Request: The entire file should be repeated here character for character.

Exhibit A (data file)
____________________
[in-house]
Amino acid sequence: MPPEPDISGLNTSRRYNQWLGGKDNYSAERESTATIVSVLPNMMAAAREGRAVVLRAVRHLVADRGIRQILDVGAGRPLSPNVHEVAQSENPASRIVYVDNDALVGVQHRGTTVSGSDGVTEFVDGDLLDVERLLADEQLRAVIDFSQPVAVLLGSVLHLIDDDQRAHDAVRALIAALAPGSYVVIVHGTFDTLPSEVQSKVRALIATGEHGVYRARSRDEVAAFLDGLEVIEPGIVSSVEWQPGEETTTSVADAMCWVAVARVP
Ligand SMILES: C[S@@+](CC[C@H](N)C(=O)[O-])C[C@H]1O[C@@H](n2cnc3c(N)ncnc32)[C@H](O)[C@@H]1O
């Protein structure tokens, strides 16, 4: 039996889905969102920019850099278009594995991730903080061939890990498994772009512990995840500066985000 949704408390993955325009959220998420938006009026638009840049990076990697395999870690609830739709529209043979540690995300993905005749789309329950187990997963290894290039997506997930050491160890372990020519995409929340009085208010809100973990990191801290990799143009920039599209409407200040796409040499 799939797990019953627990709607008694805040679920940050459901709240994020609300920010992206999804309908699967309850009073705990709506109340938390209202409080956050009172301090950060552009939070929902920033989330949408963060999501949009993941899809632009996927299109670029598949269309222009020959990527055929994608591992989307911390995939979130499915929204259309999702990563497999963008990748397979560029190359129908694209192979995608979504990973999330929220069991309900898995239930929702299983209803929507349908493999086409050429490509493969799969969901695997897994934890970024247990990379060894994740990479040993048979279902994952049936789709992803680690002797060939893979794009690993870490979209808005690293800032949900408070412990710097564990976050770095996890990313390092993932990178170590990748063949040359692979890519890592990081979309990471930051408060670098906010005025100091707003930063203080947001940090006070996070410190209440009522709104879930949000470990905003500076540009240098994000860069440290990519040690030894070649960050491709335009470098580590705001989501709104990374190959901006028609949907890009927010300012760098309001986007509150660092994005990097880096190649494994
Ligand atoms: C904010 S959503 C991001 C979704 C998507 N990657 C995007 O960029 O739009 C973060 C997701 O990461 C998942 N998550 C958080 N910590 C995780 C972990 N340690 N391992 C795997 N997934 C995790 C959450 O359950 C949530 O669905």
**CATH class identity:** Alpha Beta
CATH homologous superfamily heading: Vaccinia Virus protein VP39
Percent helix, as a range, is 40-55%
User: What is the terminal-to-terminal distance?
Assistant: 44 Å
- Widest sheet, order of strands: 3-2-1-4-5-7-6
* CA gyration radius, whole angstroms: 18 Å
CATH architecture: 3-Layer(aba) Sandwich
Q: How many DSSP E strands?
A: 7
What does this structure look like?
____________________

[in-house]
Amino acid sequence: MPPEPDISGLNTSRRYNQWLGGKDNYSAERESTATIVSVLPNMMAAAREGRAVVLRAVRHLVADRGIRQILDVGAGRPLSPNVHEVAQSENPASRIVYVDNDALVGVQHRGTTVSGSDGVTEFVDGDLLDVERLLADEQLRAVIDFSQPVAVLLGSVLHLIDDDQRAHDAVRALIAALAPGSYVVIVHGTFDTLPSEVQSKVRALIATGEHGVYRARSRDEVAAFLDGLEVIEPGIVSSVEWQPGEETTTSVADAMCWVAVARVP
Ligand SMILES: C[S@@+](CC[C@H](N)C(=O)[O-])C[C@H]1O[C@@H](n2cnc3c(N)ncnc32)[C@H](O)[C@@H]1O
């Protein structure tokens, strides 16, 4: 039996889905969102920019850099278009594995991730903080061939890990498994772009512990995840500066985000 949704408390993955325009959220998420938006009026638009840049990076990697395999870690609830739709529209043979540690995300993905005749789309329950187990997963290894290039997506997930050491160890372990020519995409929340009085208010809100973990990191801290990799143009920039599209409407200040796409040499 799939797990019953627990709607008694805040679920940050459901709240994020609300920010992206999804309908699967309850009073705990709506109340938390209202409080956050009172301090950060552009939070929902920033989330949408963060999501949009993941899809632009996927299109670029598949269309222009020959990527055929994608591992989307911390995939979130499915929204259309999702990563497999963008990748397979560029190359129908694209192979995608979504990973999330929220069991309900898995239930929702299983209803929507349908493999086409050429490509493969799969969901695997897994934890970024247990990379060894994740990479040993048979279902994952049936789709992803680690002797060939893979794009690993870490979209808005690293800032949900408070412990710097564990976050770095996890990313390092993932990178170590990748063949040359692979890519890592990081979309990471930051408060670098906010005025100091707003930063203080947001940090006070996070410190209440009522709104879930949000470990905003500076540009240098994000860069440290990519040690030894070649960050491709335009470098580590705001989501709104990374190959901006028609949907890009927010300012760098309001986007509150660092994005990097880096190649494994
Ligand atoms: C904010 S959503 C991001 C979704 C998507 N990657 C995007 O960029 O739009 C973060 C997701 O990461 C998942 N998550 C958080 N910590 C995780 C972990 N340690 N391992 C795997 N997934 C995790 C959450 O359950 C949530 O669905």
**CATH class identity:** Alpha Beta
CATH homologous superfamily heading: Vaccinia Virus protein VP39
Percent helix, as a range, is 40-55%
User: What is the terminal-to-terminal distance?
Assistant: 44 Å
- Widest sheet, order of strands: 3-2-1-4-5-7-6
* CA gyration radius, whole angstroms: 18 Å
CATH architecture: 3-Layer(aba) Sandwich
Q: How many DSSP E strands?
A: 7
What does this structure look like?